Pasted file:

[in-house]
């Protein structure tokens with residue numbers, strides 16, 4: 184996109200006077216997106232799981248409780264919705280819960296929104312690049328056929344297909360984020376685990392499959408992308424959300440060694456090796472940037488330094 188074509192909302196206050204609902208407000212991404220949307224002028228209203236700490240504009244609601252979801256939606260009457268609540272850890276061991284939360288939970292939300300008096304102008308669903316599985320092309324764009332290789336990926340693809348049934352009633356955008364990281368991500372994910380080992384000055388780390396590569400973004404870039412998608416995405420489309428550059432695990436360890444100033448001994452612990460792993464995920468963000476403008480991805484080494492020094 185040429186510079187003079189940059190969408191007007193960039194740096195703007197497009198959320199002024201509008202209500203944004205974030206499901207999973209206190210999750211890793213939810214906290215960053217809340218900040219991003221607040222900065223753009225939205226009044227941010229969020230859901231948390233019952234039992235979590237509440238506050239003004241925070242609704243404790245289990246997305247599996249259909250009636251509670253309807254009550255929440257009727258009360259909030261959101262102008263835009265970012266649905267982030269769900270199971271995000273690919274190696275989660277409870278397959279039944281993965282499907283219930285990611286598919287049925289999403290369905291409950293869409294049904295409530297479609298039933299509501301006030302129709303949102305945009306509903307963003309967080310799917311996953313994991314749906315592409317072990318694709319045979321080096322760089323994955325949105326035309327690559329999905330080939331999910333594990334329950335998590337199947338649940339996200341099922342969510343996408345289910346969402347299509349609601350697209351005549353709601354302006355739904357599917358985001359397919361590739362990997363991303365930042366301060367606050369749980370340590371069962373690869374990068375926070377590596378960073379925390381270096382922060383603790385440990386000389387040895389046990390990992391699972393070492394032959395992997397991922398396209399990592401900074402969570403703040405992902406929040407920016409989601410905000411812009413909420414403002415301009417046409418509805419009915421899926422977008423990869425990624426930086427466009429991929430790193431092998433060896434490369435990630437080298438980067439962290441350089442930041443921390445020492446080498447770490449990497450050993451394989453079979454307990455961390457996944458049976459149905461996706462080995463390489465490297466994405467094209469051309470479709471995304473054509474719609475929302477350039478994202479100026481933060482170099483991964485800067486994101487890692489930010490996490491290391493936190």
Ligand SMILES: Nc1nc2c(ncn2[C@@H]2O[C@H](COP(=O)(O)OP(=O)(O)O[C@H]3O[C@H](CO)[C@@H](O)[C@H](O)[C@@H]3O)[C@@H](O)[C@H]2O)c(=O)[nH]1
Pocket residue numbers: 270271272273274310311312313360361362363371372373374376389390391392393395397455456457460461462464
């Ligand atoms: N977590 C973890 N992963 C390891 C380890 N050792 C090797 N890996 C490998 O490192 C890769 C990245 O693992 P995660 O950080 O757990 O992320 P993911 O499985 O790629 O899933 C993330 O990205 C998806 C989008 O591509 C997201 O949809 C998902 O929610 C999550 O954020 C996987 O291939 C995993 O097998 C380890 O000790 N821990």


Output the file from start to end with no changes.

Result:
[in-house]
């Protein structure tokens with residue numbers, strides 16, 4: 184996109200006077216997106232799981248409780264919705280819960296929104312690049328056929344297909360984020376685990392499959408992308424959300440060694456090796472940037488330094 188074509192909302196206050204609902208407000212991404220949307224002028228209203236700490240504009244609601252979801256939606260009457268609540272850890276061991284939360288939970292939300300008096304102008308669903316599985320092309324764009332290789336990926340693809348049934352009633356955008364990281368991500372994910380080992384000055388780390396590569400973004404870039412998608416995405420489309428550059432695990436360890444100033448001994452612990460792993464995920468963000476403008480991805484080494492020094 185040429186510079187003079189940059190969408191007007193960039194740096195703007197497009198959320199002024201509008202209500203944004205974030206499901207999973209206190210999750211890793213939810214906290215960053217809340218900040219991003221607040222900065223753009225939205226009044227941010229969020230859901231948390233019952234039992235979590237509440238506050239003004241925070242609704243404790245289990246997305247599996249259909250009636251509670253309807254009550255929440257009727258009360259909030261959101262102008263835009265970012266649905267982030269769900270199971271995000273690919274190696275989660277409870278397959279039944281993965282499907283219930285990611286598919287049925289999403290369905291409950293869409294049904295409530297479609298039933299509501301006030302129709303949102305945009306509903307963003309967080310799917311996953313994991314749906315592409317072990318694709319045979321080096322760089323994955325949105326035309327690559329999905330080939331999910333594990334329950335998590337199947338649940339996200341099922342969510343996408345289910346969402347299509349609601350697209351005549353709601354302006355739904357599917358985001359397919361590739362990997363991303365930042366301060367606050369749980370340590371069962373690869374990068375926070377590596378960073379925390381270096382922060383603790385440990386000389387040895389046990390990992391699972393070492394032959395992997397991922398396209399990592401900074402969570403703040405992902406929040407920016409989601410905000411812009413909420414403002415301009417046409418509805419009915421899926422977008423990869425990624426930086427466009429991929430790193431092998433060896434490369435990630437080298438980067439962290441350089442930041443921390445020492446080498447770490449990497450050993451394989453079979454307990455961390457996944458049976459149905461996706462080995463390489465490297466994405467094209469051309470479709471995304473054509474719609475929302477350039478994202479100026481933060482170099483991964485800067486994101487890692489930010490996490491290391493936190």
Ligand SMILES: Nc1nc2c(ncn2[C@@H]2O[C@H](COP(=O)(O)OP(=O)(O)O[C@H]3O[C@H](CO)[C@@H](O)[C@H](O)[C@@H]3O)[C@@H](O)[C@H]2O)c(=O)[nH]1
Pocket residue numbers: 270271272273274310311312313360361362363371372373374376389390391392393395397455456457460461462464
């Ligand atoms: N977590 C973890 N992963 C390891 C380890 N050792 C090797 N890996 C490998 O490192 C890769 C990245 O693992 P995660 O950080 O757990 O992320 P993911 O499985 O790629 O899933 C993330 O990205 C998806 C989008 O591509 C997201 O949809 C998902 O929610 C999550 O954020 C996987 O291939 C995993 O097998 C380890 O000790 N821990």